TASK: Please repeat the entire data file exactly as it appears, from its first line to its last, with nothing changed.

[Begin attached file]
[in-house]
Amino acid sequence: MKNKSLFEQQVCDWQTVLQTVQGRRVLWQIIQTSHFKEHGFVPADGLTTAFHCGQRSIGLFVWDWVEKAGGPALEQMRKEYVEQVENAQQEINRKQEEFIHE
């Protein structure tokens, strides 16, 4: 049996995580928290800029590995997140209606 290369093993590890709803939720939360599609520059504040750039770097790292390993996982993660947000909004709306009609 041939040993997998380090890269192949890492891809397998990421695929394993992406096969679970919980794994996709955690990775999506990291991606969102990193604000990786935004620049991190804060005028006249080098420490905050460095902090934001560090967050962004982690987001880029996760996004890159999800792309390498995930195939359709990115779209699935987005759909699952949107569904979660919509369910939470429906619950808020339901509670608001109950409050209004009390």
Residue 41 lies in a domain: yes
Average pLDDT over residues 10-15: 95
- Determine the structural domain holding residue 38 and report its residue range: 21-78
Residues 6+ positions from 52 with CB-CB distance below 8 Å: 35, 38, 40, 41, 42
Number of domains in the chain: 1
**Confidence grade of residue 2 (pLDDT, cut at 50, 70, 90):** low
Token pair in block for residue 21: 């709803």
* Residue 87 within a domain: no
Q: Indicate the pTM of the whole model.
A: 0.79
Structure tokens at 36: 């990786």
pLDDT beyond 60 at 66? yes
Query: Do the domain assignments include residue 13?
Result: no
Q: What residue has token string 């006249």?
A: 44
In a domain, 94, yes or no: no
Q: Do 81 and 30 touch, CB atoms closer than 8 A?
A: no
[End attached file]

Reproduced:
[in-house]
Amino acid sequence: MKNKSLFEQQVCDWQTVLQTVQGRRVLWQIIQTSHFKEHGFVPADGLTTAFHCGQRSIGLFVWDWVEKAGGPALEQMRKEYVEQVENAQQEINRKQEEFIHE
């Protein structure tokens, strides 16, 4: 049996995580928290800029590995997140209606 290369093993590890709803939720939360599609520059504040750039770097790292390993996982993660947000909004709306009609 041939040993997998380090890269192949890492891809397998990421695929394993992406096969679970919980794994996709955690990775999506990291991606969102990193604000990786935004620049991190804060005028006249080098420490905050460095902090934001560090967050962004982690987001880029996760996004890159999800792309390498995930195939359709990115779209699935987005759909699952949107569904979660919509369910939470429906619950808020339901509670608001109950409050209004009390």
Residue 41 lies in a domain: yes
Average pLDDT over residues 10-15: 95
- Determine the structural domain holding residue 38 and report its residue range: 21-78
Residues 6+ positions from 52 with CB-CB distance below 8 Å: 35, 38, 40, 41, 42
Number of domains in the chain: 1
**Confidence grade of residue 2 (pLDDT, cut at 50, 70, 90):** low
Token pair in block for residue 21: 């709803």
* Residue 87 within a domain: no
Q: Indicate the pTM of the whole model.
A: 0.79
Structure tokens at 36: 């990786």
pLDDT beyond 60 at 66? yes
Query: Do the domain assignments include residue 13?
Result: no
Q: What residue has token string 């006249």?
A: 44
In a domain, 94, yes or no: no
Q: Do 81 and 30 touch, CB atoms closer than 8 A?
A: no